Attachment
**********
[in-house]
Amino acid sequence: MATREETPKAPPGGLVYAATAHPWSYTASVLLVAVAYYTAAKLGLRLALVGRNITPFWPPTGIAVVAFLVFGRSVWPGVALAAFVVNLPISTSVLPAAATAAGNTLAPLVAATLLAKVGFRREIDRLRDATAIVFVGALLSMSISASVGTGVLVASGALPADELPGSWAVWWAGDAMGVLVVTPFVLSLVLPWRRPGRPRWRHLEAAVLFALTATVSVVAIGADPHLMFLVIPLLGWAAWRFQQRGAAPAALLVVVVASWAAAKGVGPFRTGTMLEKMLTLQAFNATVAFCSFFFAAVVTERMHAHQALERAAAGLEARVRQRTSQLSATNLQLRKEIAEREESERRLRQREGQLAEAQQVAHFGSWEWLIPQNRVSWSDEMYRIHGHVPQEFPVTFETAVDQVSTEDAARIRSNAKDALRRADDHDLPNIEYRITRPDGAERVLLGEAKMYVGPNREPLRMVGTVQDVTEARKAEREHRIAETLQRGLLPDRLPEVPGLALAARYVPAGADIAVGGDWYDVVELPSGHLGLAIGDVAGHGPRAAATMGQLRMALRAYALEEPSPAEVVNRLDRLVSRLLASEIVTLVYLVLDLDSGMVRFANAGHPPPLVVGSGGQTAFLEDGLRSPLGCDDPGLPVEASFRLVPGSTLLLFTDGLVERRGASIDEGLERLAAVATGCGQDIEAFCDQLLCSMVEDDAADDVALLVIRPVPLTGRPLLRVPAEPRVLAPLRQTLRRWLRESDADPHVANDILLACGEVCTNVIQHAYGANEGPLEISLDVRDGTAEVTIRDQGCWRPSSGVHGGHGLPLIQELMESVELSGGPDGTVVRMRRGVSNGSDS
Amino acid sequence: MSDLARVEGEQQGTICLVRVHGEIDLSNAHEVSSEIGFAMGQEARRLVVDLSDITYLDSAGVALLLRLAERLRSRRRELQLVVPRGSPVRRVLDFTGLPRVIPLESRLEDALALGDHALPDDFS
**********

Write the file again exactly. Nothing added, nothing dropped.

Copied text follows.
[in-house]
Amino acid sequence: MATREETPKAPPGGLVYAATAHPWSYTASVLLVAVAYYTAAKLGLRLALVGRNITPFWPPTGIAVVAFLVFGRSVWPGVALAAFVVNLPISTSVLPAAATAAGNTLAPLVAATLLAKVGFRREIDRLRDATAIVFVGALLSMSISASVGTGVLVASGALPADELPGSWAVWWAGDAMGVLVVTPFVLSLVLPWRRPGRPRWRHLEAAVLFALTATVSVVAIGADPHLMFLVIPLLGWAAWRFQQRGAAPAALLVVVVASWAAAKGVGPFRTGTMLEKMLTLQAFNATVAFCSFFFAAVVTERMHAHQALERAAAGLEARVRQRTSQLSATNLQLRKEIAEREESERRLRQREGQLAEAQQVAHFGSWEWLIPQNRVSWSDEMYRIHGHVPQEFPVTFETAVDQVSTEDAARIRSNAKDALRRADDHDLPNIEYRITRPDGAERVLLGEAKMYVGPNREPLRMVGTVQDVTEARKAEREHRIAETLQRGLLPDRLPEVPGLALAARYVPAGADIAVGGDWYDVVELPSGHLGLAIGDVAGHGPRAAATMGQLRMALRAYALEEPSPAEVVNRLDRLVSRLLASEIVTLVYLVLDLDSGMVRFANAGHPPPLVVGSGGQTAFLEDGLRSPLGCDDPGLPVEASFRLVPGSTLLLFTDGLVERRGASIDEGLERLAAVATGCGQDIEAFCDQLLCSMVEDDAADDVALLVIRPVPLTGRPLLRVPAEPRVLAPLRQTLRRWLRESDADPHVANDILLACGEVCTNVIQHAYGANEGPLEISLDVRDGTAEVTIRDQGCWRPSSGVHGGHGLPLIQELMESVELSGGPDGTVVRMRRGVSNGSDS
Amino acid sequence: MSDLARVEGEQQGTICLVRVHGEIDLSNAHEVSSEIGFAMGQEARRLVVDLSDITYLDSAGVALLLRLAERLRSRRRELQLVVPRGSPVRRVLDFTGLPRVIPLESRLEDALALGDHALPDDFS